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Kitchener River / Wai-utu-utu

16 October 2010

River mouth coordinates 44°24.833′ S, 168°49.668′ E

Aspiring Flats, Kitchener River. Photo D Hegg

 

The Kitchener River is the largest tributary of the Matukituki River East Branch. It drains the eastern aspects of Popes Nose and Mount Avalanche, and after collecting the waters of Fastness through Rainbow Stream, it flows into the Matukituki River at Junction Flat. Two km upstream of Aspiring Flats, the Kitchener terminates abruptly in an impressive cirque of vertical bluffs, through which the main river tumbles down the 370m high Turnbull Thomson Falls.

The valley is a popular tramping destination, with a good rock bivvy (the Rock of Ages), giving easy access to Wilmot Saddle and Sisyphus Peak via Rainbow Stream. A more demanding alpine route leads to the Volta Glacier via Moncrieff Col. Climbs from the Kitchener River to Mount Avalanche, Popes Nose or Fastness are very difficult and rarely attempted. The east face of Popes Nose in fact offers some of the hardest alpine climbs in the Southern Alps, and has only been accessed by parties flying into the Kitchener Glacier.

Kitchener River: Aspiring Flats and Turnbull Thomson Falls from the ridge connecting Dragonfly Peak and Mount Eostre. Photo D Hegg

History

The Kitchener River was known to the Maori as Wai-utu-utu, “the stream where water was dipped up” [1]. The first written account of European exploration in the Kitchener River is by Bernard Head, who in November 1909 attempted Mount Aspiring from the east with guides Jack Clarke and Alec Graham. After setting up camp at Junction Flat, the party followed “an old track in places” as far as Aspiring Flats, where they realized that they had hit a dead end [2]. Head, Clarke and Graham baptized their camp “Disappointment Camp”; by no means disheartened, they gave it a second try from the Matukituki River West Branch and successfully completed the first ascent of the highest peak in Otago. Bernard Head returned to the Kitchener two years later with guides Murphy and Clarke, and partially explored the route up Rainbow Stream [3,4]. After his two visits to the valley, Head named the river after Horatio Herbert Kitchener (1850-1916), a British Field Marshal and proconsul who won fame for his imperial campaigns [4]; he also named Junction Flat, at the junction of the Kitchener and East Matukituki Rivers [2].

The “old track” up the Kitchener River mentioned in Head’s diary was probably cut by Hugh MacPherson in the late 1890s. Hugh MacPherson and his wife were the first settlers in the Matukituki River East Branch; according to Maud Moreland, Hugh “had once great ideas and believed these lonely valleys would one day vie with the Otira in drawings strangers hither. So he cut a trail and built a hut, but no one came, […] and in process of time the hut became a ruin” [6]. The hut, located in the flats between the Kitchener and East Matukituki Rivers, was described by Bernard Head as being “all to pieces” [5]. The Kitchener may have previously been visited by gold prospectors, who scouted the Matukituki Valley in the 1860s. Loggers may have worked in the valley when a sawmill operated on the north bank of the Glacier Burn (4km downstream of Junction Flat) between 1880 and 1892 [7].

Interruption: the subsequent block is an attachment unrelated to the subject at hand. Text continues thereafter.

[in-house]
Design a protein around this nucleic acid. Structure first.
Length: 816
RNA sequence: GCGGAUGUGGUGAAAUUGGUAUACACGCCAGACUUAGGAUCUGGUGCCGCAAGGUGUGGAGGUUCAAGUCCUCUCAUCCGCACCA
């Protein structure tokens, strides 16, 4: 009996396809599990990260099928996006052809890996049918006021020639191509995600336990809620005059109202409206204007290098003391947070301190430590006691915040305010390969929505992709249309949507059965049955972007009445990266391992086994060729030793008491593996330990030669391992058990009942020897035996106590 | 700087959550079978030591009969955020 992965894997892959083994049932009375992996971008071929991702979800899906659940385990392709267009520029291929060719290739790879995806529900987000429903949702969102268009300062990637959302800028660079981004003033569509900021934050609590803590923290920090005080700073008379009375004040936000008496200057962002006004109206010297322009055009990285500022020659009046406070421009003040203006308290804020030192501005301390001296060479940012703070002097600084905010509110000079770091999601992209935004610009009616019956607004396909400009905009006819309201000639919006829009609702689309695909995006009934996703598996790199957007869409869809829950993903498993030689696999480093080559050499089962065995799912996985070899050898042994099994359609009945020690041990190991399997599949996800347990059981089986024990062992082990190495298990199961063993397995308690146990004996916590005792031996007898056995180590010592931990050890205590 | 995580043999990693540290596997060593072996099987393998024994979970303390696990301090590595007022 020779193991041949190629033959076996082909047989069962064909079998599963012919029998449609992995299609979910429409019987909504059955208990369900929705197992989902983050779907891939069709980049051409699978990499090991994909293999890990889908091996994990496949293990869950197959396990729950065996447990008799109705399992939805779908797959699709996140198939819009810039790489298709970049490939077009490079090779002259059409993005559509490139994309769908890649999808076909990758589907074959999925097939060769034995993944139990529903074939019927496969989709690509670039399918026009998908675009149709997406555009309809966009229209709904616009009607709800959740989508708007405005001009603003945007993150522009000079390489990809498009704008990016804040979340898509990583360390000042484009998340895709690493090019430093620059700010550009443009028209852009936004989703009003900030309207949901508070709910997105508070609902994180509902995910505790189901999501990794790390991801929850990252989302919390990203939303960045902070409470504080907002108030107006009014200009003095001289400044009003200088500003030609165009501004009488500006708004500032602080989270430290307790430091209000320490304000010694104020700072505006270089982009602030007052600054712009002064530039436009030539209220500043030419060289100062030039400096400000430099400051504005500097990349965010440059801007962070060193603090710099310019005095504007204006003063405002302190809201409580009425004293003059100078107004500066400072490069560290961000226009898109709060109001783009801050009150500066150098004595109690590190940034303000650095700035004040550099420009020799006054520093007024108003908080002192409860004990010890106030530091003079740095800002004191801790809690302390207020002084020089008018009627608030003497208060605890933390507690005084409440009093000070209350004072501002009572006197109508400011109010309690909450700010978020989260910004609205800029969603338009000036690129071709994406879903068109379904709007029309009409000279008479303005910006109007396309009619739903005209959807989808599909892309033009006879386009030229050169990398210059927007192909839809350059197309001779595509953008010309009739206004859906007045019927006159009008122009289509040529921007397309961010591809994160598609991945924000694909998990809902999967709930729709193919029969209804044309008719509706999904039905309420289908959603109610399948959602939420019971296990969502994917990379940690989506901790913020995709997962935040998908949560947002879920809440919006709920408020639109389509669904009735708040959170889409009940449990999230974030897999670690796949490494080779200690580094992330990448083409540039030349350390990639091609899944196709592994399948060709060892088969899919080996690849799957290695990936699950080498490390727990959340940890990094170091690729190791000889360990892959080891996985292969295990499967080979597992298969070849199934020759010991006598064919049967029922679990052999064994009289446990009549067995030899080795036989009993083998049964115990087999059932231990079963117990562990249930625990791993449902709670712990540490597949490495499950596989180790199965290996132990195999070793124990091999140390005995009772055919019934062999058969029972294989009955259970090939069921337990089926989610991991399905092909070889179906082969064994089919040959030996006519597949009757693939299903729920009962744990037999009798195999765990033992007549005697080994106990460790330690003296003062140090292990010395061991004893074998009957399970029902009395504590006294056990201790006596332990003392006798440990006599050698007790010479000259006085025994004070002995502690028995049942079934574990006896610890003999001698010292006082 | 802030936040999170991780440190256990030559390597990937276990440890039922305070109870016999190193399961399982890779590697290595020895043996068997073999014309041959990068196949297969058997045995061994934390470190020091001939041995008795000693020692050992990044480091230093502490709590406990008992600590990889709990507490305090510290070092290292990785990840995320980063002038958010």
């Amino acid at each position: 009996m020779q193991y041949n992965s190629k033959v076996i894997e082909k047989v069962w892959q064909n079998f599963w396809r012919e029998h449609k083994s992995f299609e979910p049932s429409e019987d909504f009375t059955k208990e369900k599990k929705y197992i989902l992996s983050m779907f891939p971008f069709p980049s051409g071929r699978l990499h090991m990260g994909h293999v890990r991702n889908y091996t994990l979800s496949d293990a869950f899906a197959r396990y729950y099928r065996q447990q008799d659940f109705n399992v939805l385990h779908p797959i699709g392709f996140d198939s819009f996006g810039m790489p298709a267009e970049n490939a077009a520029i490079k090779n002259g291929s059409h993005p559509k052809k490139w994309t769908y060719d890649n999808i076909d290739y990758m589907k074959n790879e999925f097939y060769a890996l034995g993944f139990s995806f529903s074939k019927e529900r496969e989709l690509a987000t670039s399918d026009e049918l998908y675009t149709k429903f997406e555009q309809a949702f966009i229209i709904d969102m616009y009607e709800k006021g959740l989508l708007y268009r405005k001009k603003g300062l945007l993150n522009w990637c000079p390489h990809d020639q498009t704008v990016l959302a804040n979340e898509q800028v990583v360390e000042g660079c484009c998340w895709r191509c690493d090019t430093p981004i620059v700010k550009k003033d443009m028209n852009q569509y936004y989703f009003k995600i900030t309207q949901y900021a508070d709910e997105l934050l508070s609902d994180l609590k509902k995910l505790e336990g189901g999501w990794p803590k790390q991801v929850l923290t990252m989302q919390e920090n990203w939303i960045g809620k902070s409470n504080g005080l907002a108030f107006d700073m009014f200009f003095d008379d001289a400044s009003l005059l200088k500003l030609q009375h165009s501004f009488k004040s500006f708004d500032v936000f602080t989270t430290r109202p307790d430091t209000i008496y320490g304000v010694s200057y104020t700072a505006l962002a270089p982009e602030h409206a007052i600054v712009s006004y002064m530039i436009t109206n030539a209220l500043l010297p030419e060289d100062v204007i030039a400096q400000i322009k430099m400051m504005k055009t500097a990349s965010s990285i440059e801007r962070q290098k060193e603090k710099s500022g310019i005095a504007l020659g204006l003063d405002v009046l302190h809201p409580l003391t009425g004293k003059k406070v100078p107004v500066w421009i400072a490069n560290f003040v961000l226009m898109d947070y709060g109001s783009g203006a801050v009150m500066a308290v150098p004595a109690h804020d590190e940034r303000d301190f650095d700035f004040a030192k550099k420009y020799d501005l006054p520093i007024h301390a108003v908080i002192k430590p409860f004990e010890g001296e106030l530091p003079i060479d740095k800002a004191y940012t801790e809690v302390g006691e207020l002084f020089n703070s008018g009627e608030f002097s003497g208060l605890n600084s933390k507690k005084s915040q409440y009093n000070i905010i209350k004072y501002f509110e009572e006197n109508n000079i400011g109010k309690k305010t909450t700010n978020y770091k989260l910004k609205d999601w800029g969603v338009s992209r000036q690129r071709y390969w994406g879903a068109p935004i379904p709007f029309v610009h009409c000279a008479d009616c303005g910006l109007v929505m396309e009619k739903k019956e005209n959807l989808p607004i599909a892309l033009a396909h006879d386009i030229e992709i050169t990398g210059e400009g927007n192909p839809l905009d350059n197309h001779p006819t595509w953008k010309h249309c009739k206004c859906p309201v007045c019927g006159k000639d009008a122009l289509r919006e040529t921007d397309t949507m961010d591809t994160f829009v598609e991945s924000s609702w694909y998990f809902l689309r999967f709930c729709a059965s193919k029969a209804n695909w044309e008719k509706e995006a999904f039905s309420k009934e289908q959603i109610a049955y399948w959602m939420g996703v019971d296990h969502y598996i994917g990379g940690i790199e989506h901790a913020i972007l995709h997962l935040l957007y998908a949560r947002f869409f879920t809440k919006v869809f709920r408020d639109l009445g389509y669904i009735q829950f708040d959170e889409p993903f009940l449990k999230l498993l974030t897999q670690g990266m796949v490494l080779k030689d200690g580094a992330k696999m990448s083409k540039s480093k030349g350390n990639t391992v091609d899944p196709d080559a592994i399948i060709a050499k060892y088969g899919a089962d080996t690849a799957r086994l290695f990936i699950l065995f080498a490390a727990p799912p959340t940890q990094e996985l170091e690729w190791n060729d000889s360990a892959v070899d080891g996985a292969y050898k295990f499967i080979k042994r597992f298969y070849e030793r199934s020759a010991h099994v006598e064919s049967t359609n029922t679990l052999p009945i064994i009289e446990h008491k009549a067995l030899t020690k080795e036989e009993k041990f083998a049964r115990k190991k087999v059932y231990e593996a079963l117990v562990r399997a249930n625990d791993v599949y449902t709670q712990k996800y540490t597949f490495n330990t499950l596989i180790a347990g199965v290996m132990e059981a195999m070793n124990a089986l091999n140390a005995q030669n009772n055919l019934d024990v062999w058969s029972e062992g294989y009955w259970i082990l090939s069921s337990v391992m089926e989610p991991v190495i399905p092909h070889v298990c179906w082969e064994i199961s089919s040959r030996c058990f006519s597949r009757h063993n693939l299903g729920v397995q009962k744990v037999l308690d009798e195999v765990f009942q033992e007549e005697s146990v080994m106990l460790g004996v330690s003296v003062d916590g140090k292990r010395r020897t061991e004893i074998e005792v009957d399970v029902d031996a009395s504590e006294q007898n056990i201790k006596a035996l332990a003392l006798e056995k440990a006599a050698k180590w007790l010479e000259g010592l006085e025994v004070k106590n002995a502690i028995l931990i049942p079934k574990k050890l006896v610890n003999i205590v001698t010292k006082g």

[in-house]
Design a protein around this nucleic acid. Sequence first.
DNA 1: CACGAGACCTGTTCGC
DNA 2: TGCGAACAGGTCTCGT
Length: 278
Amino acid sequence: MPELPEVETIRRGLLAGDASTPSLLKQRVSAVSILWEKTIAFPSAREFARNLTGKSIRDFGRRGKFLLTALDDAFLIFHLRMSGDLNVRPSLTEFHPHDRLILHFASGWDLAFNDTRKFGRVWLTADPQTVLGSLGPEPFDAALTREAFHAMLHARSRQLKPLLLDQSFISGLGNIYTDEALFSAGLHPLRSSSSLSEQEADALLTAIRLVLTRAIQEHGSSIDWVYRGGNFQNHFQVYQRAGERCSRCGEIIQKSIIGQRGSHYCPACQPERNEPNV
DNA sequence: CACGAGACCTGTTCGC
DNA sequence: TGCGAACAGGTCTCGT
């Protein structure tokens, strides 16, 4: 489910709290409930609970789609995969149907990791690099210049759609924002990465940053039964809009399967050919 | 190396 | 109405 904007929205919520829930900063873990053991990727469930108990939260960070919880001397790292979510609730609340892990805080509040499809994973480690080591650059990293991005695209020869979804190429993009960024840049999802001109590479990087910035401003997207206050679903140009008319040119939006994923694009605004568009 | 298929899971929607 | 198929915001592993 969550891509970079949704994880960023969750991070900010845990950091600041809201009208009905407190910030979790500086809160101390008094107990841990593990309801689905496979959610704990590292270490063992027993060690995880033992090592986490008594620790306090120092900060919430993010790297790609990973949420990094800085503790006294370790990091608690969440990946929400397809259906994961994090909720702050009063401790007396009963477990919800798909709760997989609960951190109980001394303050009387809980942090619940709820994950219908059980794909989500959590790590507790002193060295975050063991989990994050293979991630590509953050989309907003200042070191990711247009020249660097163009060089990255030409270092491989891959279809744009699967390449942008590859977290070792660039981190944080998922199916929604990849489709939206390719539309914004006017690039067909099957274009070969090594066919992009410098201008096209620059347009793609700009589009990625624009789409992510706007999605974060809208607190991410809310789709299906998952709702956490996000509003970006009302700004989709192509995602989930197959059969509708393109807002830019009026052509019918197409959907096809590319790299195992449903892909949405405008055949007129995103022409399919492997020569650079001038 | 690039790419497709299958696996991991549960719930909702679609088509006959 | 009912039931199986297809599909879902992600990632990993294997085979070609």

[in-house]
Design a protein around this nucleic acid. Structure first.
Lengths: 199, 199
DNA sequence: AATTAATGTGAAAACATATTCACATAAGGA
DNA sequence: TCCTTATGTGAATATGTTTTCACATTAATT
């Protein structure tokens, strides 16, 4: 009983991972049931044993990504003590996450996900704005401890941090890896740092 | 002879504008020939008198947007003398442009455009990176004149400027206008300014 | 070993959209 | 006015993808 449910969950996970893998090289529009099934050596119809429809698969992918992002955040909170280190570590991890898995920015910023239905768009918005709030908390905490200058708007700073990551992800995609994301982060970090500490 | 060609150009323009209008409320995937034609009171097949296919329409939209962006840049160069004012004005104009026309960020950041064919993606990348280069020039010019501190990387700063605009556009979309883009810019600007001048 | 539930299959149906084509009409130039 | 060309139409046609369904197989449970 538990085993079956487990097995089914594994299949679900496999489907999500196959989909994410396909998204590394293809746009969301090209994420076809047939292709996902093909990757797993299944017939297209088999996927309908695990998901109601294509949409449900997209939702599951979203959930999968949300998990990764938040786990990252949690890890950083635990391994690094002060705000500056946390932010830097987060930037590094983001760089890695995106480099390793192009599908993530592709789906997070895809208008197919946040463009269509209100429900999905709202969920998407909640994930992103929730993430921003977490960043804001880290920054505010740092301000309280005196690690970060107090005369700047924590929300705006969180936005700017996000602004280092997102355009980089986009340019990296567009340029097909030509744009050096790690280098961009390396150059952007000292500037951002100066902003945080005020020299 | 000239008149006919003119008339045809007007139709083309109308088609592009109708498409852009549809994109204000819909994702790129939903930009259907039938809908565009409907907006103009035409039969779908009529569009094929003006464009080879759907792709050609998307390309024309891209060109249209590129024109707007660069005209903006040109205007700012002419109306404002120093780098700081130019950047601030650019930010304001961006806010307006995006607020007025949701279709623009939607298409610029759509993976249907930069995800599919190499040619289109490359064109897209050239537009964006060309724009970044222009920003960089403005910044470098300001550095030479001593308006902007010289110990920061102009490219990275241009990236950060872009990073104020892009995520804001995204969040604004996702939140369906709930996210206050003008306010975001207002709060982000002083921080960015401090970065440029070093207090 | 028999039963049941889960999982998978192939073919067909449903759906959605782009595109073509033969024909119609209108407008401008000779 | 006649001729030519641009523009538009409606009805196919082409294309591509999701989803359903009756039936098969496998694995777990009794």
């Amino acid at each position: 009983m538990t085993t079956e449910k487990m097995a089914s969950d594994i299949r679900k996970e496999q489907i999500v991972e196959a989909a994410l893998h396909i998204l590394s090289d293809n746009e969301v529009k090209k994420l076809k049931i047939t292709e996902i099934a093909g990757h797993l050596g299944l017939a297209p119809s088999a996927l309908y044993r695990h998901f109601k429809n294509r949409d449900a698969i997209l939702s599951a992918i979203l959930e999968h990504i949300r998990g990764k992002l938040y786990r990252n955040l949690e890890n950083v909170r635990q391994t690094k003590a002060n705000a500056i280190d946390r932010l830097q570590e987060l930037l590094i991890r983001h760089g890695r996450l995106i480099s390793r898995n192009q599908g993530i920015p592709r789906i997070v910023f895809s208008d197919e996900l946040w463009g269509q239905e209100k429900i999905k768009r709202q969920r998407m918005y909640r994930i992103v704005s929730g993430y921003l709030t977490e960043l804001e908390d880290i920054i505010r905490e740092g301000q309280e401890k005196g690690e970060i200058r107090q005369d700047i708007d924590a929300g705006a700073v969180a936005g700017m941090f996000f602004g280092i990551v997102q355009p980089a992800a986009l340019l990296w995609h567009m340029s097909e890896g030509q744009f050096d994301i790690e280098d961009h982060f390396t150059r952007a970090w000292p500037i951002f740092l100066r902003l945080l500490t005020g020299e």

The exploration of Rainbow Stream, the Kitchener’s largest tributary, was completed by E. Miller, H. Boddy, J. Shanks and R. Pinney between December 1930 and January 1931 [8].  The head of the Kitchener Cirque was first reached by S. Gilkison, J.A. Sim, J.E. Strang and R. Fraser in December 1933. Their trip was infamous for being the first attempt by a climbing party at dropping supplies from the air – an experiment which failed miserably, with a parachute that refused to open and the resulting ‘explosion’ of the parcel of supplies on impact with the Kitchener Glacier. Gilkison and party reached the glacier after battling horrendous scrub on the south side of the Turnbull Thomson Falls (see route 2 on map below); after the failed air drop, they had to abandon their planned traverse of the Volta and Therma Glaciers, but were nonetheless able to climb to Parachute Col [9,10,11,12].  Another scrubby route into the Kitchener Cirque via Spurling Creek was scouted by Paul Powell and Bill Hockin in May 1956 [13] and is described in the NZAC guidebook to the Mount Aspiring Region [16] (route 3 on map). Paul Powell also reached the Kitchener Cirque from the Glacier Burn, after climbing to the saddle west of Duncans Knob [14]; the latter was first climbed via the north-east spur from Junction Flat by Bernard Head, Jack Clarke and Jim Murphy, but their route was steep and required a rope [5] (route 1 on map).